Health and Finance Ministers to address need for worldwide increase in health investment
Geneva, 29 October 2003 - Ministers of Health, Finance and Planning from 40 developing countries will come together with development partners at WHO headquarters from 29 to 30 October to address the need to significantly increase investments in health. This is the first time that the World Health Organization (WHO) has hosted a meeting so widely attended by non-health officials, underlining the urgency of building national capacity to absorb increased health funding.
“This meeting signifies real political commitment from the highest levels of government and donor representatives. Let us capitalize on this unique opportunity to recognize health as a critical investment and together develop a common understanding of how countries and their partners can transform these commitments into immediate actions. We must choose to make equitable and efficient health investments a reality,” said WHO Director-General Dr LEE Jong-wook.
This meeting comes nearly two years after the launch of the 2001 Report of the Commission on Macroeconomics and Health (CMH), which recommends that by 2007, donors should increase assistance for health to US$ 27 billion. The Commission also calls for more budgetary resources for public health from both developed and developing countries, and more political and organizational effort than has been seen in the past decades to achieve real improvements in health.
Two years on, the world still has not shown determination to increase investment in health to the levels needed to measurably impact major diseases that affect the world’s poor. A recent study* has shown that the total development assistance for health from major selected sources increased by US$ 1.6 billion, from an average of US$ 6.1 billion (1997-1999) to US$ 7.7 billion (2001). Most of the increase in funding was allocated to fighting HIV/AIDS in sub-Saharan Africa. Although these recent increases in assistance for health are encouraging, they still fall short of meeting real needs.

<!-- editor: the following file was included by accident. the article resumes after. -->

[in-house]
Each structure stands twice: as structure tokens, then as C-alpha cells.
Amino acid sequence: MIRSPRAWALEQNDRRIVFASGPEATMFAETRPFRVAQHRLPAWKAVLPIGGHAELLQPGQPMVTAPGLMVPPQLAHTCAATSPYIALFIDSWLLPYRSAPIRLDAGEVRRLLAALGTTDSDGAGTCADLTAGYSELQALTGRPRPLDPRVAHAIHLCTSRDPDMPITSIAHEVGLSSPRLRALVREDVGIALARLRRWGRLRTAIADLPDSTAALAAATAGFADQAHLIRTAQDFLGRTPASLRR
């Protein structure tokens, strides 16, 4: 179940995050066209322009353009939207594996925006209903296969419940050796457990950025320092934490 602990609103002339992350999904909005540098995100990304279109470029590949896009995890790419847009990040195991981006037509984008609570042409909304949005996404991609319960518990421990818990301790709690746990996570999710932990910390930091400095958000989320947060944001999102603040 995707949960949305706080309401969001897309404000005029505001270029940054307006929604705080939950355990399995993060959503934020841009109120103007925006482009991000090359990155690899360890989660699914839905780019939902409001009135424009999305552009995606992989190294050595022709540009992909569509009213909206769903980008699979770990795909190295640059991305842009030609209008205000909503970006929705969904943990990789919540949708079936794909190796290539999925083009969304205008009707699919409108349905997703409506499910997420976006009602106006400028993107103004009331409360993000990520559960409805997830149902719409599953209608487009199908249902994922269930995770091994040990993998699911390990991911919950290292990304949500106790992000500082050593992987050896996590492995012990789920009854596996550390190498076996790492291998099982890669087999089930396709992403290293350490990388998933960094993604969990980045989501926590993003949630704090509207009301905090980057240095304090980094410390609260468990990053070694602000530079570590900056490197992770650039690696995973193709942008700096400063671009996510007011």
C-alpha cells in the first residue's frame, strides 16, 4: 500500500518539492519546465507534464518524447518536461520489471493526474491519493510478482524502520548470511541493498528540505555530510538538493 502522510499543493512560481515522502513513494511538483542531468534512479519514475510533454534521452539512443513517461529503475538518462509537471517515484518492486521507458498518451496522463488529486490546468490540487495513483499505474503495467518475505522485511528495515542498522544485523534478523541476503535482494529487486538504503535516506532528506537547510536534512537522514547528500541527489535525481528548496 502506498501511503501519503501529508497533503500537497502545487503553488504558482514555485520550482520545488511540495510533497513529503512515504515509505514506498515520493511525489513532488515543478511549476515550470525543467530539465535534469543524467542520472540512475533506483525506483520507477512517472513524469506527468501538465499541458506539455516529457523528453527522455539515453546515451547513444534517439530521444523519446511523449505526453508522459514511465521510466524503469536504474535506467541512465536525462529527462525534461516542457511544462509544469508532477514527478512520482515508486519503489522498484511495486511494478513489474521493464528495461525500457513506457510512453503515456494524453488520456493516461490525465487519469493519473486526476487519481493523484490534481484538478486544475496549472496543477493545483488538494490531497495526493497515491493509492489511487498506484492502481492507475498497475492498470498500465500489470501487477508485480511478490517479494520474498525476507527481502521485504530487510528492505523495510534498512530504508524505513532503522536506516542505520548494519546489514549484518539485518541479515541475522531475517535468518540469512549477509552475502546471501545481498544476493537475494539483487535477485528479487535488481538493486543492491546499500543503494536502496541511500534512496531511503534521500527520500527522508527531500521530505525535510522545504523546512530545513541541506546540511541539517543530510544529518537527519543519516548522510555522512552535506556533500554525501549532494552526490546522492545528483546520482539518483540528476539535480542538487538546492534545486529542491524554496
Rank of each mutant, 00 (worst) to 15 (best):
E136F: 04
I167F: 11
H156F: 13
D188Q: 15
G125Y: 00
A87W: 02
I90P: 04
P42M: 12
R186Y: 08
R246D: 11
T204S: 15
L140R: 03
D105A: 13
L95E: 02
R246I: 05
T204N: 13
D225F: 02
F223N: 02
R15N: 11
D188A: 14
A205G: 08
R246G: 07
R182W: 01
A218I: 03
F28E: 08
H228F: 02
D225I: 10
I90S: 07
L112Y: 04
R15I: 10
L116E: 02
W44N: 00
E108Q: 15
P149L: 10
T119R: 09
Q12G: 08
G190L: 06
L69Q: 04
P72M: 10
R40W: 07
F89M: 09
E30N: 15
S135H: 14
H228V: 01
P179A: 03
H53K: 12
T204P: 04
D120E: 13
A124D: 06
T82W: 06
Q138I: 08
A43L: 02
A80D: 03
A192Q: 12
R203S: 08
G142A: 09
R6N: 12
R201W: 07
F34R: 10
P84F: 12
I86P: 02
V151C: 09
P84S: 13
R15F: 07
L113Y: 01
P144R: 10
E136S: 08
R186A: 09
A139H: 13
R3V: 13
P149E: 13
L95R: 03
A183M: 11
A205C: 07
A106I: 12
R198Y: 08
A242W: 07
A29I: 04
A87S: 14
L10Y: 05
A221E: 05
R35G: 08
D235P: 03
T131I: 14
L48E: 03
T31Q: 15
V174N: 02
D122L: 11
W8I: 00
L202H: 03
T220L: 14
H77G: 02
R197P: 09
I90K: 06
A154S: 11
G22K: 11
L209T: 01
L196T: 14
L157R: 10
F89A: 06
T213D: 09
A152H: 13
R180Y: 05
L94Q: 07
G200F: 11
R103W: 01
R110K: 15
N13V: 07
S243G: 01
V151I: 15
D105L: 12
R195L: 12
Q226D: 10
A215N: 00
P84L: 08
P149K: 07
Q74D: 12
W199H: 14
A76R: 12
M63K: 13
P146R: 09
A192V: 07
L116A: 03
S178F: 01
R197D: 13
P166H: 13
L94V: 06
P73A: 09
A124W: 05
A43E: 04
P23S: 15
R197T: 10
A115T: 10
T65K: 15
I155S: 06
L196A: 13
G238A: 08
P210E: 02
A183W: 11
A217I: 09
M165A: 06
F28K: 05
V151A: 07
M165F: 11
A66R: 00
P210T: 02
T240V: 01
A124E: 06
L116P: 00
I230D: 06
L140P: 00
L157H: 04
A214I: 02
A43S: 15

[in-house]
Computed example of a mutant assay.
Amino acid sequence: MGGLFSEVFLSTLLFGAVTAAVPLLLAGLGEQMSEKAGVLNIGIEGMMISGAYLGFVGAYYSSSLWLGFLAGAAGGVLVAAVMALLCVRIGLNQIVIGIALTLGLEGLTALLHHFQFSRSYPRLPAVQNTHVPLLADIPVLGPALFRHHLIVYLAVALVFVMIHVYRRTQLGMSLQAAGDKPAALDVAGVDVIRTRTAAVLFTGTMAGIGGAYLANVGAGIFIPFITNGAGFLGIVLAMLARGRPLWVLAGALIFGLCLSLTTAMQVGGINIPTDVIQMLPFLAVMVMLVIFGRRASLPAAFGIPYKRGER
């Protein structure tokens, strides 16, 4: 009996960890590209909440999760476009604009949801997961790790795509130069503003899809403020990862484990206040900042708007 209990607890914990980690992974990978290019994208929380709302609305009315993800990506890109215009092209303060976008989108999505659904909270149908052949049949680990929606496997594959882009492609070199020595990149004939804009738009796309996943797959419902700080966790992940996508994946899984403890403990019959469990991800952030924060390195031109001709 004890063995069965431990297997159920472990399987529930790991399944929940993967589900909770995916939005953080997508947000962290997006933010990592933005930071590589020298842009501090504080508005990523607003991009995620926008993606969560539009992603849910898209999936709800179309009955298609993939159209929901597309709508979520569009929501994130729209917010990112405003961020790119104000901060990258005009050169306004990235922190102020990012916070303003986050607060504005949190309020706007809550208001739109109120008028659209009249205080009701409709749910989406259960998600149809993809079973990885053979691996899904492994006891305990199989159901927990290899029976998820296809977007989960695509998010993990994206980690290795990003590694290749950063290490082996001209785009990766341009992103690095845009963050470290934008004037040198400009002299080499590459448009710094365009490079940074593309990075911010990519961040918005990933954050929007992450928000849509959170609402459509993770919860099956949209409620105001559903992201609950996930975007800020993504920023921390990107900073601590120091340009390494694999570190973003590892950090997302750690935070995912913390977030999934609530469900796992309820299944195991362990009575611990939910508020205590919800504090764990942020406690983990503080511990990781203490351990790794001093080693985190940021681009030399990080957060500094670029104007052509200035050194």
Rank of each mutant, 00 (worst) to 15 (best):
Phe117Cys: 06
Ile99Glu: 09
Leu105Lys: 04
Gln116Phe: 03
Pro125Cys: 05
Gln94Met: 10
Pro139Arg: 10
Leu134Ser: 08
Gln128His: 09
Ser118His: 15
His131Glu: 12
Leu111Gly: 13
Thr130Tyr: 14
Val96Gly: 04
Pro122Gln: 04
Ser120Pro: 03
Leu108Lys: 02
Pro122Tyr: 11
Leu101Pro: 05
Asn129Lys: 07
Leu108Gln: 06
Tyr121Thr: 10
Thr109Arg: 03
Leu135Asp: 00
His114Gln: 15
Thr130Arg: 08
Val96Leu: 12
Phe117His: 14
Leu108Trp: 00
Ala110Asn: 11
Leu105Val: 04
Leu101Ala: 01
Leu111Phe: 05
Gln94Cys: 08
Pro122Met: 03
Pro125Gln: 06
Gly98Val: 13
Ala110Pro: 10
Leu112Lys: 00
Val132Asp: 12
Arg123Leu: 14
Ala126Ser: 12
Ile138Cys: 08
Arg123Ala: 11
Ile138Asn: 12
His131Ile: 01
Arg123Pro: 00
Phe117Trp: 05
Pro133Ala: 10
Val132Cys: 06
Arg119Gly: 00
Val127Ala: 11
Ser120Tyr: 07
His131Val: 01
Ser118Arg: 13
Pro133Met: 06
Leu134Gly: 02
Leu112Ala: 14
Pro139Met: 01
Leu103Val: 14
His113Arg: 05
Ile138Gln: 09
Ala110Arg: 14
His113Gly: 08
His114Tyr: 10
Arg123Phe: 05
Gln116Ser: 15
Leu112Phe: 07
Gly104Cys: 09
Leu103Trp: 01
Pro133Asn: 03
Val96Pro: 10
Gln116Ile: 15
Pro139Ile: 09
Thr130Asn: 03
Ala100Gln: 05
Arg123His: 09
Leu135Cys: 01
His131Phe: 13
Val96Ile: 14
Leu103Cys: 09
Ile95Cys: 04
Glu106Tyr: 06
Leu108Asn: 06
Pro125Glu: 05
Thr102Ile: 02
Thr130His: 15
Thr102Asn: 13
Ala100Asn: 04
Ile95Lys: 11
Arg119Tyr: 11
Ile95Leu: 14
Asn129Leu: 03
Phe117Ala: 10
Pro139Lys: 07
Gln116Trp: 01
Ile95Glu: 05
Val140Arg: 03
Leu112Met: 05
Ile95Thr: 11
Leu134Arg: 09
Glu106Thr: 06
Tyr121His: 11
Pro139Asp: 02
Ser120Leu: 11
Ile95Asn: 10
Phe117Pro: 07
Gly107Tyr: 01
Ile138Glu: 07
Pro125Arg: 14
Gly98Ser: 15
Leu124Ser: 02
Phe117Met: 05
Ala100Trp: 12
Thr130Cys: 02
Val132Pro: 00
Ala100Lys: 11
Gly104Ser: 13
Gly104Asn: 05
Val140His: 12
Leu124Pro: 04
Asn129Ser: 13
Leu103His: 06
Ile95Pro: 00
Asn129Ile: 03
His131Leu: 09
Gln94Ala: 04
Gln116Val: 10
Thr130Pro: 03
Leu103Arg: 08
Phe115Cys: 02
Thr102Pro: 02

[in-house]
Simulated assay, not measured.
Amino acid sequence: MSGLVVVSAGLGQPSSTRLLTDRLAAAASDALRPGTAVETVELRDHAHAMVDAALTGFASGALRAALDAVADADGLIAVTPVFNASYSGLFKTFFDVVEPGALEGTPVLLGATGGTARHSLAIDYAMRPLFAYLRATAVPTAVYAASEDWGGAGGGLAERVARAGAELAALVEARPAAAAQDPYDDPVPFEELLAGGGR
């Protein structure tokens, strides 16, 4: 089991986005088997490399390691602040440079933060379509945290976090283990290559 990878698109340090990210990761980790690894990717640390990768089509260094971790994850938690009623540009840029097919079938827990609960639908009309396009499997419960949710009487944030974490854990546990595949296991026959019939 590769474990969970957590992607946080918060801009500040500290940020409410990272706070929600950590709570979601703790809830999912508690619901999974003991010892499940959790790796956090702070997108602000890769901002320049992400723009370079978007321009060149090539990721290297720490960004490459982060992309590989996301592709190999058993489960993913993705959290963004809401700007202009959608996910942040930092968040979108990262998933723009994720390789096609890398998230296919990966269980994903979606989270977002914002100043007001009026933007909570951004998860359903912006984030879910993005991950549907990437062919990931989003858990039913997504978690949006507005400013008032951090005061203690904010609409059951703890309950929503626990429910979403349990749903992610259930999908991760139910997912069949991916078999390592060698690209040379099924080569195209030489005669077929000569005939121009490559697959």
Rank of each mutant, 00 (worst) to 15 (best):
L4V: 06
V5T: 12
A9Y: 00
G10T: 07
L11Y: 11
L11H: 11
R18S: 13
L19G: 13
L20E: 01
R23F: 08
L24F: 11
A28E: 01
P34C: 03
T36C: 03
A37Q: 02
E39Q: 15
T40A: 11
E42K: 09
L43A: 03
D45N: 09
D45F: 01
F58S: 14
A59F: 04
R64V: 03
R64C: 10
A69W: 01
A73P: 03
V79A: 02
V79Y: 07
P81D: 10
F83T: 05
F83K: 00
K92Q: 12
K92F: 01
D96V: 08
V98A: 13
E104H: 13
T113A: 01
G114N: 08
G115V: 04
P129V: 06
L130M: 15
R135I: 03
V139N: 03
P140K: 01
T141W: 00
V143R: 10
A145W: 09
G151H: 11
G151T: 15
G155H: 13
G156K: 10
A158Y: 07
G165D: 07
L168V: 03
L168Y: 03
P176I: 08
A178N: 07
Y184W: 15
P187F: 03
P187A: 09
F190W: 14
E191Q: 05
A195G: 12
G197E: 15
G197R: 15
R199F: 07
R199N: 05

“On taking office, I declared the target of ‘3 by 5’– to have 3 million people with AIDS in developing countries on treatment with antiretrovirals by the end of 2005. Only 300 000 are on treatment at the moment. To achieve ‘3 by 5’ and other health priorities we need considerably more funds than those currently available. If we don’t increase resources for health and target these resources to activities that will have the greatest impact, we stand to lose millions of men, women and children to disease. This also means trapping individuals and families in poverty and disillusionment,” said Dr Lee.
During the meeting, the combined work of countries, WHO and partners will be to develop concrete plans for increased health investment in countries. Continued global leadership and follow-up from the development community, combined with inter-ministerial collaboration is needed: first, to increase resources for health from domestic resources, debt relief and development assistance for health, and second to eliminate health system and institutional constraints, enabling greater absorption of increased resources. This will be critical for pursuing country action to reach the ‘3 by 5’ and other health targets.
“We need country-specific blueprints for making real increases in health investment. Developing countries and their partners need to collectively and quickly do much more, for health and global stability. This meeting can identify ways to make this happen,” added Dr Lee.
National Macroeconomics and Health activities are ongoing in the countries participating in the Consultation: From Africa: Angola, Botswana, Congo, Ethiopia, Ghana, Kenya, Malawi, Mozambique, Nigeria, Rwanda, Senegal, South Africa, Uganda, United Republic of Tanzania. From the Americas: Argentina, Brazil, Mexico, Nicaragua, Peru and the Caribbean Community including Haiti. From the Eastern Mediterranean: Djibouti, Iran (Islamic Republic of), Jordan, Pakistan, Sudan, Yemen. From Europe: Azerbaijan and Estonia. From South East Asia: Bangladesh, Bhutan, India, Indonesia, Myanmar, Nepal, Sri Lanka and Thailand. From the Western Pacific: Cambodia, China, Philippines and Viet Nam.
* Development Assistance for Health (DAH): Recent Trends and Resource Allocation Dr. Catherine Michaud, Senior Research Associate, Harvard Center for Population and Development Studies